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    1. I’ve been rolling it around in my mind for ages and today it crystallised enough to write it down. I wish I could do a better job of describing the shift I feel is either happening or about to happen. It feels like a good shift though 🙂

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  2. Great post and it rings very true to me (admission, I am one of the older bloggers). I have been making an effort to blog more, but also engage with other blogs too (big introvert me). One of my little daily tasks is to use the WordPress app ‘reader’ – makes it super easy to read and reply. Once again great post – thank you 🙂

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    1. Old-internet-person high five! I started using Feedly a while back for interest-based blogs and recently moved all the personal blogs I follow over to it as well, instead of using the WordPress reader for those (if I can have everything in one place, I will). I had a strange little moment of worry that WordPress people wouldn’t know I was following them because I wasn’t doing it through WordPress itself, and then I realised how messed up it was that I even thought that. Strange internet brain damage.

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  3. Love this post.
    Mine is a personal blog with random subjects and I often read things that say you should concentrate on one thing and become a brand, know your subject etc.
    I don’t get it, I’m not a brand, I’m me, often random and sporadic also.

    I’m glad you wrote this, it makes me feel so much better to know that I’m not just scratching my head and aiming in the opposite direction to everyone else because I haven’t a clue, but because I can.
    And if we were all heading the same way, it’d be pretty crowded and shit anyway
    wouldn’t it, so thanks x

    Liked by 1 person

    1. It’s strange how approaching blogging with a specific strategy for a specific reason (the whole “Oh, this can be done in a certain way to make money” thing) somehow became the ONLY way to do it, even if your goal wasn’t to get paid to sell other people’s products. I always thought if I was going to put that much energy and focus into something, and if a product or service was going to be promoted or sold or at some point, it would at least be something I created. But mostly I’d just be sharing photos and bits of writing and talking about food and gardening.

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  4. Good points. I tend to fill my blog with just as much stuff about me as about books or writing. Some of my recent posts were about my local train station and moving to Scotland; in the past I’ve written about watching the dawn; computer games and films; and my cat, amongst other things. So keep doing that, it’s more important to be real than to be part of a product.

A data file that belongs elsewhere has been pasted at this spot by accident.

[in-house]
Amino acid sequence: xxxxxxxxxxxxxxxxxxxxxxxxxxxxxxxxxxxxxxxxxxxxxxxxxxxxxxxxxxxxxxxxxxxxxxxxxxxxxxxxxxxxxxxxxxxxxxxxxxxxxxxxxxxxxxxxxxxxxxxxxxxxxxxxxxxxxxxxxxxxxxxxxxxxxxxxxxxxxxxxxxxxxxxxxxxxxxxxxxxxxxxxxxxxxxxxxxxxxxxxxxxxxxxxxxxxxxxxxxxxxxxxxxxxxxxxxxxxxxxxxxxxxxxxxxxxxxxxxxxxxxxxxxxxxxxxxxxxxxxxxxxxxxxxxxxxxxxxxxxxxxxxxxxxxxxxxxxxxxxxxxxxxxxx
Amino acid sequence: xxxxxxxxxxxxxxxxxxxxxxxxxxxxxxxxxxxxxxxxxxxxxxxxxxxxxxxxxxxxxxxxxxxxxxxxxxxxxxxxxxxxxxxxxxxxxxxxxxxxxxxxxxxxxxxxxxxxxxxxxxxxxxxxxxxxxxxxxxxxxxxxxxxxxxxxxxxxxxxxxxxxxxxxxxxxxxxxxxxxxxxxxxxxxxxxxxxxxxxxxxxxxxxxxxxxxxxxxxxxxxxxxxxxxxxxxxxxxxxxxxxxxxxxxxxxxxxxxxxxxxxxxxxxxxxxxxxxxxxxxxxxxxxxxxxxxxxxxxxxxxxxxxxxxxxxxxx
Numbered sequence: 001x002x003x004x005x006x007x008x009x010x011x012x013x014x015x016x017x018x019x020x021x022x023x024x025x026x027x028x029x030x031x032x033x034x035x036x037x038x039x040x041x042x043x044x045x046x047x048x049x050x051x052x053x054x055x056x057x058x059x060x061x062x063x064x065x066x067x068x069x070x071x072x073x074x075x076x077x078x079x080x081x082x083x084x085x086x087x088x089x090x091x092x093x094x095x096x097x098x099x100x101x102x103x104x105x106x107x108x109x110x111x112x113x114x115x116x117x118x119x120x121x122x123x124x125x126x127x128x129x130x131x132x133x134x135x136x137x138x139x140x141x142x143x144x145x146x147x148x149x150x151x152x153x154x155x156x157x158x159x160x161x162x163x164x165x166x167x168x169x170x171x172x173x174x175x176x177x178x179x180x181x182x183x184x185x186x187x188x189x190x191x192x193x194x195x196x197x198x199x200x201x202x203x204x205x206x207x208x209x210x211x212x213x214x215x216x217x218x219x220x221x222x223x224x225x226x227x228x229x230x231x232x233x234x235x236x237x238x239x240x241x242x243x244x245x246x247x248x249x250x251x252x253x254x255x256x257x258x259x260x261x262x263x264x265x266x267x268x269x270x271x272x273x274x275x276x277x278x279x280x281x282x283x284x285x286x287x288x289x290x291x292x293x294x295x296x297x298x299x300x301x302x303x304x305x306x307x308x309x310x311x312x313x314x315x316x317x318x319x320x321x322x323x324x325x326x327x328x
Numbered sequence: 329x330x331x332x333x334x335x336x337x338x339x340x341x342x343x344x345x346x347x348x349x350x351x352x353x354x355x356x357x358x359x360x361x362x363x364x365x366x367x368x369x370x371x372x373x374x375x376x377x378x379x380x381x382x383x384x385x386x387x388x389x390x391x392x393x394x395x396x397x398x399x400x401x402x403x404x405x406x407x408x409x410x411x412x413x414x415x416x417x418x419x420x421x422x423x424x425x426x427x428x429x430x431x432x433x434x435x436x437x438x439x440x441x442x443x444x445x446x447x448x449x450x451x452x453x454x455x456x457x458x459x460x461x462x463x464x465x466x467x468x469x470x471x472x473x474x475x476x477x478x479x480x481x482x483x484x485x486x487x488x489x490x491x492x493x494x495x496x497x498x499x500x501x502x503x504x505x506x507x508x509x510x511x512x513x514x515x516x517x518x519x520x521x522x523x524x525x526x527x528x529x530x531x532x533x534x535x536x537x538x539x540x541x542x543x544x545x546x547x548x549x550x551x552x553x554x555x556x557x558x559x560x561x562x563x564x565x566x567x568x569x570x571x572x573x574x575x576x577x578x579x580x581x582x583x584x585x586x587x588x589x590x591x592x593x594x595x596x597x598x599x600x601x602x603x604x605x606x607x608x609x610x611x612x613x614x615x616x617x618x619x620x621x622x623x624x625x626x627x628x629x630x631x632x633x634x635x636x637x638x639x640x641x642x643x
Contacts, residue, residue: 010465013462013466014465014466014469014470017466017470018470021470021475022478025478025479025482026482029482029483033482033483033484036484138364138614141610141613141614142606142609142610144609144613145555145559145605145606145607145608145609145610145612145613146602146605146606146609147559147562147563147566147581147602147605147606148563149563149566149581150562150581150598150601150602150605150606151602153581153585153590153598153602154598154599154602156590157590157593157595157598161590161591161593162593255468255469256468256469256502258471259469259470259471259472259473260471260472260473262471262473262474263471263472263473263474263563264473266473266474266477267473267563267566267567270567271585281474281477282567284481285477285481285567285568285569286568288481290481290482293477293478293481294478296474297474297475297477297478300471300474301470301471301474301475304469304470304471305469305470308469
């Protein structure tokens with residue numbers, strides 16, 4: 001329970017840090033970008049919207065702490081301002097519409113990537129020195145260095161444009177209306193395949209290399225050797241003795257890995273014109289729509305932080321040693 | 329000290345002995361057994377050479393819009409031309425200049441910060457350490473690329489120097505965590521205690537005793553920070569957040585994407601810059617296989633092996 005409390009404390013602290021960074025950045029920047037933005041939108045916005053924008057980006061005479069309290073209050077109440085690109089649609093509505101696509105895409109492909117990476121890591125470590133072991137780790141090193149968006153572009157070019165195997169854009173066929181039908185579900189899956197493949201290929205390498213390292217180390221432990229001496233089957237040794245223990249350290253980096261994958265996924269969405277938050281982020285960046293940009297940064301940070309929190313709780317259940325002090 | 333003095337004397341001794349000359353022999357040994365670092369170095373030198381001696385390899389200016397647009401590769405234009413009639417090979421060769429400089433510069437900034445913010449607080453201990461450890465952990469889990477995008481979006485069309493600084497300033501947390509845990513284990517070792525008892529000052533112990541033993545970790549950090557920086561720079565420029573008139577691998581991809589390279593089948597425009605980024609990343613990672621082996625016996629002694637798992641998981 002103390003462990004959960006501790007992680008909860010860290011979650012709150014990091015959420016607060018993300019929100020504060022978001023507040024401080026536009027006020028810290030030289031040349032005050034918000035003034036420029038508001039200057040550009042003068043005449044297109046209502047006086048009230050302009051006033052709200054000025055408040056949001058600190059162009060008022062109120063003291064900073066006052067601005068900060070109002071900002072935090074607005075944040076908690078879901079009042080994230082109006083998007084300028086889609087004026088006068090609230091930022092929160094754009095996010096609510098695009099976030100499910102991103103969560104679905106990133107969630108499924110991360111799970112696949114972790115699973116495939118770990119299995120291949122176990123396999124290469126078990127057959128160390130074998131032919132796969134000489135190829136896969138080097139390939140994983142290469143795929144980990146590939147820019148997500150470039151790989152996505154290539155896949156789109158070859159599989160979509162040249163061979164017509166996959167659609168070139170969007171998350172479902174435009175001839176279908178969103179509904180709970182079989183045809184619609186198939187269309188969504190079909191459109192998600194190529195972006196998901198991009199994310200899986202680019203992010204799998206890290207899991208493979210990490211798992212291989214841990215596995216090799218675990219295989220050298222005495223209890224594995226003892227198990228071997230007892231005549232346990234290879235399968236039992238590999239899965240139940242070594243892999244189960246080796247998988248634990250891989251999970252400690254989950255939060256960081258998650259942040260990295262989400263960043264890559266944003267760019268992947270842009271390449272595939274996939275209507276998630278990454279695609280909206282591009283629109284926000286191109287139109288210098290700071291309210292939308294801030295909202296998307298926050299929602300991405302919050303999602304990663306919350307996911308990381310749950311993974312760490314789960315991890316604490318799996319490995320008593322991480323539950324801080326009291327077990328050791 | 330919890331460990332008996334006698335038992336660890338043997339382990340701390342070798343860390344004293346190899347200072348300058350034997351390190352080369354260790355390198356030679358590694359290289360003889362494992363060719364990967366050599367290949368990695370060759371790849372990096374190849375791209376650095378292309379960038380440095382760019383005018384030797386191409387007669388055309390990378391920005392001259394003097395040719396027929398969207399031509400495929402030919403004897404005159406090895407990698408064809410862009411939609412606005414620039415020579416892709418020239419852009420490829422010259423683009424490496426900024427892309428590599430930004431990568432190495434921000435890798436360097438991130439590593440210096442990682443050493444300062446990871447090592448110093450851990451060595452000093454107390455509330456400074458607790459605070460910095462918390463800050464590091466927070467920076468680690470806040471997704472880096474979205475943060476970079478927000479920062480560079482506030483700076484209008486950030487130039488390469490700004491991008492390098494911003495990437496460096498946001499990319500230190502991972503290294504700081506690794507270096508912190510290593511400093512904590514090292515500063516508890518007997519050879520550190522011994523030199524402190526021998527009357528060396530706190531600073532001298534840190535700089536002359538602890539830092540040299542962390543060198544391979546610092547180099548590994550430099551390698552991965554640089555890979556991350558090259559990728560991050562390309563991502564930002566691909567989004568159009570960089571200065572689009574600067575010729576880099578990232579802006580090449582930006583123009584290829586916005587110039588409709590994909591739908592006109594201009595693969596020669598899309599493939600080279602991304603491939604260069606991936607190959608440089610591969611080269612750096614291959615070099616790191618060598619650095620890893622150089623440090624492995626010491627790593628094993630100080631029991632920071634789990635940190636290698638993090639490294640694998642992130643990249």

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    1. That’s the kind of blog I love. I want to know about people’s creative projects but I also want to know about all the other stuff cause that’s where the connections happen, those little moments of sharing 🙂

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    1. Oh my god, the pop-up boxes! When I land on someone’s blog and it has a massive advert at the top, a massive advert at the bottom and then a fly-in “sign up for my newsletter” thing, I leave immediately. No matter how awesome someone’s content might be, I’m not going to fight my way through three quarters of a page of stress, pressure and advertising to try and find the thing to read.

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  5. Wanting to start a personal blog for a while but keep making the excueses mentioned. this post has given me the confidence boost I needed. Definetly going to start one.

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  6. wow, I love this post! I love blogging so much for so many reasons that I cannot even think of right now. simply, I love writing, it’s a passion for me…I’m actually thinking of leaving Law school for a while and I’d love to hear your take on that. I’ve currently got that Personal blog but I would also love to make some money out of that… you said you don’t mind that haha… I want to leave my studies because I dont want to turn into a cubical robot with a daily schedule that leaves me as a drug addict or some weekend alcoholic, but after seeing your post, I also dont want to turn into a Blogging robot, as much as I know that I’d have to turn into it in someway if I’m going to make enough of a living out of it to justify why I gave up the chance to become a lawyer to pursue this strange thing called Blogging. yah, here in africa, this is a strange thing…but I’m encouraged, I’m frightened,I’m just everything, anything and nothing all at the sometime just trying to make something out of this thing called blogging…SNAP!

    Liked by 1 person

    1. Thanks for the comment. It’s so lovely to hear from new readers! I think it’s totally possible to make money from something and still have integrity. In my opinion (which is in no way fact or authority) it’s about finding balance, seeking and creating opportunities that fit with your authentic actions 🙂